Vinny feeling blue but fellow Evertonians soon see red

Fran’s attempt to stand up to United fans turns out to be our hero’s downfall

The talk over a greasy brekkie in The Old Lantern pub in Kilburn on Sunday morning was of revolution.

The Everton bastille, in the uneasy command of Roberto Martinez, was under siege from fans who'd had enough with the manager.

“Off with his head,” was the unanimous blood-lust verdict of Roberto’s Robespierres.

Vinny Fitzpatrick kept his large head down as he chased a skiddy rasher across a plate daubed with egg yolk and HP sauce.


He was silent, for not only was he unfamiliar with many of those around him in Everton garb, he was also unwilling to raise a case for the defence.

To be humbled 4-0 by Liverpool was bad enough; to then lose 2-1 to Manchester United in the very next game – and that the semi-finals of the FA Cup – was the worst kind of football double.

For all of Martinez’s hand-wringing about giving young players their chance, of transfer market prudence, of progress, the stark facts were as bald as Vinny’s dome.

Under the reign of Roberto, Everton were rooted in the bottom half of the table, seeping energy and self-belief.

The Wem-ber-lee experience on Saturday evening had been sobering in more ways than one.

A more potent team than United, like Leicester, Spurs or City, would have had their guts for garters long before half-time.

Vinny had a nagging a feeling that the longer Martinez stayed in charge the more his beloved Everton would become like Wigan, the Spaniard's former club.

Few teams were scared of Everton these days, and with Romelo Lukaku angling for a summer transfer there was every chance of a relegation dogfight next season.

“We might even be relegated for the first time since 1951,” he thought to himself with a shudder.

He downed his tea, shoved a half slice of buttery toast in his gob and caught Fran’s eye at the bar, where he was cosying up to the landlady, a shapely lass in her late 30s.

“Right-o Fran, let’s be having you. The flight’s at 12.15 and we don’t want to miss the Dubs.”

Vinny reckoned a trip to Croker was the perfect cure for his FA Cup semi-final blues.

The Dubs against Kerry was always special, even if the National Football League was a mere warm-up for the main even of the Championship.

Stansted coach

The Stansted coach had a stop-off point at nearby Finchley Road, and when Vinny and Fran rocked up they found a posse of Everton and United fans, all Irish, waiting for the same bus.

If the United crew were bright-eyed, the Everton bunch were brooding.

It was on the 50-minute spin to the airport when the mood began to turn edgy as United fans couldn’t help themselves.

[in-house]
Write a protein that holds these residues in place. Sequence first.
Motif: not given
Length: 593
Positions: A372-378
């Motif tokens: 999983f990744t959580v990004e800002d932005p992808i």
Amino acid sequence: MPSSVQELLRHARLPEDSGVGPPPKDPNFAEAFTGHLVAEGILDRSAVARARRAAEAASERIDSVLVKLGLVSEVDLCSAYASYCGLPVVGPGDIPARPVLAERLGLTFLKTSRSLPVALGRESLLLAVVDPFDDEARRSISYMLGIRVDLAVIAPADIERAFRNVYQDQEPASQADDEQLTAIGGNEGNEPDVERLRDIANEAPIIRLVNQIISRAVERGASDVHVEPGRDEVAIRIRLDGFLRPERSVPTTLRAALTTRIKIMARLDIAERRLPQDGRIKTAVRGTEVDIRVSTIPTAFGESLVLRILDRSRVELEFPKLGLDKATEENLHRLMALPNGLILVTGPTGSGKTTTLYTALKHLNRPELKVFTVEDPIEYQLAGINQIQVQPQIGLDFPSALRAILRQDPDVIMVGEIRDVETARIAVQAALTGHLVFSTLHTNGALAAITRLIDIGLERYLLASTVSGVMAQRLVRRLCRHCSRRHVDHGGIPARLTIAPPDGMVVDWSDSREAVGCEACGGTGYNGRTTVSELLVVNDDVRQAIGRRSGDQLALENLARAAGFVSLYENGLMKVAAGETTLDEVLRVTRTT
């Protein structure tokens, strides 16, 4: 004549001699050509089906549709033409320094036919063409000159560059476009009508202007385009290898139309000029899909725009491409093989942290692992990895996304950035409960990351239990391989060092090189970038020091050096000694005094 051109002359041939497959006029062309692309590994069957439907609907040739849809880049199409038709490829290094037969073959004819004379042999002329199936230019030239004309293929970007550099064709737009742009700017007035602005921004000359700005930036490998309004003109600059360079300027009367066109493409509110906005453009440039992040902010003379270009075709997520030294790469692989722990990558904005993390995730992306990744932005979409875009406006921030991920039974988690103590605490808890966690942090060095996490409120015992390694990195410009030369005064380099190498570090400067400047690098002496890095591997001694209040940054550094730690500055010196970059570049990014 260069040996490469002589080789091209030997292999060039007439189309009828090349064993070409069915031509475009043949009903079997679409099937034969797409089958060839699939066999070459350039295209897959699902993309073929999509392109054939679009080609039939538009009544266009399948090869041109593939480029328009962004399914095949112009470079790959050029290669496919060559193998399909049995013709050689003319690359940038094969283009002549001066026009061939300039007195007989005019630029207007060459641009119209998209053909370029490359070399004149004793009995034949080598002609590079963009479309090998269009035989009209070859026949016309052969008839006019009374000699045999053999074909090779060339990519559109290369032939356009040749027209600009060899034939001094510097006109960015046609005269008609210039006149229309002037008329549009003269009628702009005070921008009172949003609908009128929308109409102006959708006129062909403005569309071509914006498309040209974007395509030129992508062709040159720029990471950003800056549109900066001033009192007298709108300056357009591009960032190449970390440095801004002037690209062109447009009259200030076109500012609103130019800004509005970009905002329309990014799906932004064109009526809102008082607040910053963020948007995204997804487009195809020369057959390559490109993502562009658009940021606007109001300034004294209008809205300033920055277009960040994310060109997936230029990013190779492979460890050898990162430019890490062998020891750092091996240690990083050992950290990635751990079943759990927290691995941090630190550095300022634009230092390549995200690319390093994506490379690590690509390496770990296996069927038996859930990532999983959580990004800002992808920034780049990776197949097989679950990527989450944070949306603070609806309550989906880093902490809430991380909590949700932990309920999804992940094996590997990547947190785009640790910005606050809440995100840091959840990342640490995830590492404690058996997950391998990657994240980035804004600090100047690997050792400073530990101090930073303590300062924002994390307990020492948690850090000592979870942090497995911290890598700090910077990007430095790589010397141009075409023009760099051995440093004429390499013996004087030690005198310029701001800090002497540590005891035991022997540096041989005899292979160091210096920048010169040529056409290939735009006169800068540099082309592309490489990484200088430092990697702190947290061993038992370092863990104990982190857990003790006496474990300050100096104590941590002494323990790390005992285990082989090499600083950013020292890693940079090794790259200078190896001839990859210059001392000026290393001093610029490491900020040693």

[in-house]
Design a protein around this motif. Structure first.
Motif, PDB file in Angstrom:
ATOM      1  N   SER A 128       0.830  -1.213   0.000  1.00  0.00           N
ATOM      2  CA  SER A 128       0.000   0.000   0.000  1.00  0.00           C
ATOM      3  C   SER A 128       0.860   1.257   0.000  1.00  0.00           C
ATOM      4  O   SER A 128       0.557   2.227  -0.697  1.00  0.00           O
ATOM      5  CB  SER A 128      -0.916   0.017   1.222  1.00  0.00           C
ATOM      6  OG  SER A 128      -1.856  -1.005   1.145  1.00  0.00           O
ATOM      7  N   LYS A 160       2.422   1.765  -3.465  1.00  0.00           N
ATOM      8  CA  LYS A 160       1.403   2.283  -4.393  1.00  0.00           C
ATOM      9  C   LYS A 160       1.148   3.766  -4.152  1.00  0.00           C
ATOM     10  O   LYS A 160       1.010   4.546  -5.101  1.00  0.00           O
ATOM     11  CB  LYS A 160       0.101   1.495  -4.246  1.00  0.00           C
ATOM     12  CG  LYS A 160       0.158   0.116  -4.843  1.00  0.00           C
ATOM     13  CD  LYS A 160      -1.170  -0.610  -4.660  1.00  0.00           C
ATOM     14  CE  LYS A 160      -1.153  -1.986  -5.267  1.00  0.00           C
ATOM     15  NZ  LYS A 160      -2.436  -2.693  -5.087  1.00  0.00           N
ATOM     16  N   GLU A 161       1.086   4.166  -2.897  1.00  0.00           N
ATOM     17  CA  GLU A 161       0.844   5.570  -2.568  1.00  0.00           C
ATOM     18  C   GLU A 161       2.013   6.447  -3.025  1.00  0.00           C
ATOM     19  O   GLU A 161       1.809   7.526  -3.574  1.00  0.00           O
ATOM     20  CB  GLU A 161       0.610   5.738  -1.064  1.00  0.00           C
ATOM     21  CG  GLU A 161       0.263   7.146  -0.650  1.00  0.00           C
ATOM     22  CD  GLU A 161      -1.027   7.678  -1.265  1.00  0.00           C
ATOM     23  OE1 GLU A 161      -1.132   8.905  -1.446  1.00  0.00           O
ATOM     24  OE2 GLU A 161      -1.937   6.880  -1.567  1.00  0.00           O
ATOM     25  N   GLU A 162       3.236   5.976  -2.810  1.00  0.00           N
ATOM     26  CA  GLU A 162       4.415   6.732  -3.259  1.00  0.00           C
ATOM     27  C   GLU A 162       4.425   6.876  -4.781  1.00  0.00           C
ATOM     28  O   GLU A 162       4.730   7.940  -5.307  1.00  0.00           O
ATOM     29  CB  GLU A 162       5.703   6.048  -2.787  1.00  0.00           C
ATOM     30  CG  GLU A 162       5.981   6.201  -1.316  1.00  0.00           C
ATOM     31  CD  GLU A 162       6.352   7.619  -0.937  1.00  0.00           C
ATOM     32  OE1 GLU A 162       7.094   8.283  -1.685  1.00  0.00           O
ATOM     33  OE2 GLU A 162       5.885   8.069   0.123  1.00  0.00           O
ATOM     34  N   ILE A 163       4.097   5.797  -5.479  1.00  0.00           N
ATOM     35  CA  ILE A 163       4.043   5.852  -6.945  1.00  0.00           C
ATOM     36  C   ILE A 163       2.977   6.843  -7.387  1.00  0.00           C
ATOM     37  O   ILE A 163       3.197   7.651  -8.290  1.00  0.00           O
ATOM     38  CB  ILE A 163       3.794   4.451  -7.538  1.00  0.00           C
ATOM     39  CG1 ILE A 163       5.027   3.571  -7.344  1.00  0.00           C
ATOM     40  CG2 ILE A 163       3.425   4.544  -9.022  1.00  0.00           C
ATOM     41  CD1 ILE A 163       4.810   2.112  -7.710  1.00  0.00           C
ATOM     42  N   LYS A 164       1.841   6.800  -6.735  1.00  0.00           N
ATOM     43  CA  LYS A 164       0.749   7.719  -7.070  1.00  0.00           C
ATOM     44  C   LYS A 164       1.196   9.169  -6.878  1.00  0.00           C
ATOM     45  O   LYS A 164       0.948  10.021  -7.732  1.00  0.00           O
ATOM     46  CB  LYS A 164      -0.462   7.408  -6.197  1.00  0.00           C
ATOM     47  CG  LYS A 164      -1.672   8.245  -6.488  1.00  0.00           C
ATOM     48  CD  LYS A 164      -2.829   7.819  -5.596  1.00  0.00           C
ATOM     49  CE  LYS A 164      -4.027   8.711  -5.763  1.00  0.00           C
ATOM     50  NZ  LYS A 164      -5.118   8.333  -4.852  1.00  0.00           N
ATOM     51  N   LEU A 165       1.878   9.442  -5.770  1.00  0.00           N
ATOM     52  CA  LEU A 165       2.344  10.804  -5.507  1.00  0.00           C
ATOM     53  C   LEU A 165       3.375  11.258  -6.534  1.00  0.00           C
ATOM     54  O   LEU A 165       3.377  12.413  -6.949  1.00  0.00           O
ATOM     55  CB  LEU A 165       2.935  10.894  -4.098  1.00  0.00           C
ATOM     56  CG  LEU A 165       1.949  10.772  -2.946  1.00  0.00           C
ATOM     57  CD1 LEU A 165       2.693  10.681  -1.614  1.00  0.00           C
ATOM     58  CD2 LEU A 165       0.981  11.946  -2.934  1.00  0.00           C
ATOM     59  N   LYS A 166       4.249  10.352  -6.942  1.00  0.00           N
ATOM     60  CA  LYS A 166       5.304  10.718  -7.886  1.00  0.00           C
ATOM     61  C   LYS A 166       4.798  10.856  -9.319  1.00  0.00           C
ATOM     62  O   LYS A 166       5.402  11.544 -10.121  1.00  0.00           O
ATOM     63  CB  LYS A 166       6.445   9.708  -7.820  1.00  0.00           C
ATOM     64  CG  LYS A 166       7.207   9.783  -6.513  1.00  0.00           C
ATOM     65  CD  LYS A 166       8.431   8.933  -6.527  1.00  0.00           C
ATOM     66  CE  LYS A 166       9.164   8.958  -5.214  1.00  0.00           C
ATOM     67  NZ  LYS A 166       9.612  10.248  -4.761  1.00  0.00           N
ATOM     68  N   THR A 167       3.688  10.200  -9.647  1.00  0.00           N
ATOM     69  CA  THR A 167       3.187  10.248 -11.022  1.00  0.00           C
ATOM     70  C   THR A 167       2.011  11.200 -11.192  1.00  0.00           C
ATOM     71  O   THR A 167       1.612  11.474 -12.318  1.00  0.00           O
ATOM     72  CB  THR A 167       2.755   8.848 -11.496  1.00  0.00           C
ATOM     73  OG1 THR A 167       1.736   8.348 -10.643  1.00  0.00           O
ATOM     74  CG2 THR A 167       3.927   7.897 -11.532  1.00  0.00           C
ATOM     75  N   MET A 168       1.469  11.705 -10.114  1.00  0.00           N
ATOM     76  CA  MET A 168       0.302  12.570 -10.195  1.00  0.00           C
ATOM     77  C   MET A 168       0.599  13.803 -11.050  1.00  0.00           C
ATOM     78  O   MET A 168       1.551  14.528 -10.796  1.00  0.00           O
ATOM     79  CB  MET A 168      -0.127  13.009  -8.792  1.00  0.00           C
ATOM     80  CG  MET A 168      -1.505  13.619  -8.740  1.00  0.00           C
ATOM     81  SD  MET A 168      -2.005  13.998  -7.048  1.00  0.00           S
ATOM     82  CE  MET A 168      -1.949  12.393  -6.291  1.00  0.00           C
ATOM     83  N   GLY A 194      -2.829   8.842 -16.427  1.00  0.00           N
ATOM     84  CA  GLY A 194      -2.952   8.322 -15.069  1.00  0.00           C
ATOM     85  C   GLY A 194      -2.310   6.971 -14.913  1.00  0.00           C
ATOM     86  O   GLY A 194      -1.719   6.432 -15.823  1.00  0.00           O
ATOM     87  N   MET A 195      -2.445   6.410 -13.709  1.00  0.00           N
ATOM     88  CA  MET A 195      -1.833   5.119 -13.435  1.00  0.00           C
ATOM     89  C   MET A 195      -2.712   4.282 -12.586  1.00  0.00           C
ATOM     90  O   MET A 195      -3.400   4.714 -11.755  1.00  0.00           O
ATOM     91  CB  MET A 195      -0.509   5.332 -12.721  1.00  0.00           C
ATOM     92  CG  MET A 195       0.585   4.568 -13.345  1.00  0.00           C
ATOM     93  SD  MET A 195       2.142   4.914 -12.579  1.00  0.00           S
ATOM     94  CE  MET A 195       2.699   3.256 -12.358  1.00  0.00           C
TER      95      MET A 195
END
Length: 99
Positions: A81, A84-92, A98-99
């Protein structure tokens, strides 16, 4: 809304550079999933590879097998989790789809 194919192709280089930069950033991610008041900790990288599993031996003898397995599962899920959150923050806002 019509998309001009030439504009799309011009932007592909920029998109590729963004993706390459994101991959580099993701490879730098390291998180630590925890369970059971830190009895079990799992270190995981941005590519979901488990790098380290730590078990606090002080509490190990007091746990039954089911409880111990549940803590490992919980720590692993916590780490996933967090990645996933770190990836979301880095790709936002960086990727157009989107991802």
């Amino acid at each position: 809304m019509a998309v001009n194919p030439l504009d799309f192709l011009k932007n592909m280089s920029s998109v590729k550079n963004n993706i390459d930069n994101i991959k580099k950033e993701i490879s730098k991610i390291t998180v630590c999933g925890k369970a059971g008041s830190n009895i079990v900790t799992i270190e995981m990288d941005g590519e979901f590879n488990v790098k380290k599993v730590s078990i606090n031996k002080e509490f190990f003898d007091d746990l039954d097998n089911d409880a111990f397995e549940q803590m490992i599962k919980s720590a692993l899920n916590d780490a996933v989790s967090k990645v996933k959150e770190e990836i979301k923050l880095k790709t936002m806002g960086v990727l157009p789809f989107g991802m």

“Glory, glory Man United; Glory, glory Man United; Glory, glory Man United, and the Reds go marching on,” they chanted.

There were whispers of protest from the Blues brothers and Fran, who had a short fuse, had to be restrained by Vinny.

“Just one punch, Vinny. Just one,” he hissed.

There was an uneasy silence for a bit but approaching the airport the United lads had another pop.

“‘Going down, going down, going down,” they cried mockingly.

At this barb a handful of Evertonians stood up and beckoned on with their fists. Had the bus not jolted to a halt at the departure terminal, Vinny feared what might have happened.

At Stansted the fans dispersed and peace broke out, but a delay of half an hour allowed time for a swift swallow or two before boarding.

As the plane cleared the runaway, the taunts resumed. This time they were more loaded than before.

"We are the pride of all Europe, the cock of the North, We hate the Scousers, and Cockneys of course. We are United, without any doubt. We are the Manchester boys nah, nah, nah…."

United fans

It was too much for Fran and a number of other cheesed off Evertonians.

“Right, let’s be having ye,” said Fran as he left his seat and marched down the aisle towards the ranks of United fans.

Vinny was on his feet in a jiffy, imploring his pal to back off. Maybe Fran didn’t hear him for just then a stewardess at the front of the plane called for “all passengers to return to their seats immediately”.

What happened next was rather unfortunate, if not careless, for the burly bus driver.

He tried to grab Fran’s arm which was drawn back like a blow, when the next he knew a fist came at him apace.

It caught Vinny on his bulbous nose, which crunched loudly, and squirted red.

The force caused him to fall backwards, only for his tumble to be broken by another body, whose scream was the last thing he heard before he conked out.

Out cold

Vinny had no idea how long he was out cold for, but when he came too he was sitting in a seat, strapped in tightly with two stewards either sided of him, and a bag of ice clamped to his swollen nose.

“My node hurts,” he moaned. “What happhead?”

One of the stewards, the one holding the ice, explained.

“When you fell you caused the stewardess to smack her head against the edge of an arm-rest. She’s got a lump the size of a golf ball on her temple and needs to be seen by a doctor. We’ve turned back, and should be landing any minute.”

Vinny groaned. “But what about the boys in blue?” he wailed.

“Don’t worry,” said the steward. “You’ll see them soon enough. The police will be waiting for you when we touch down.”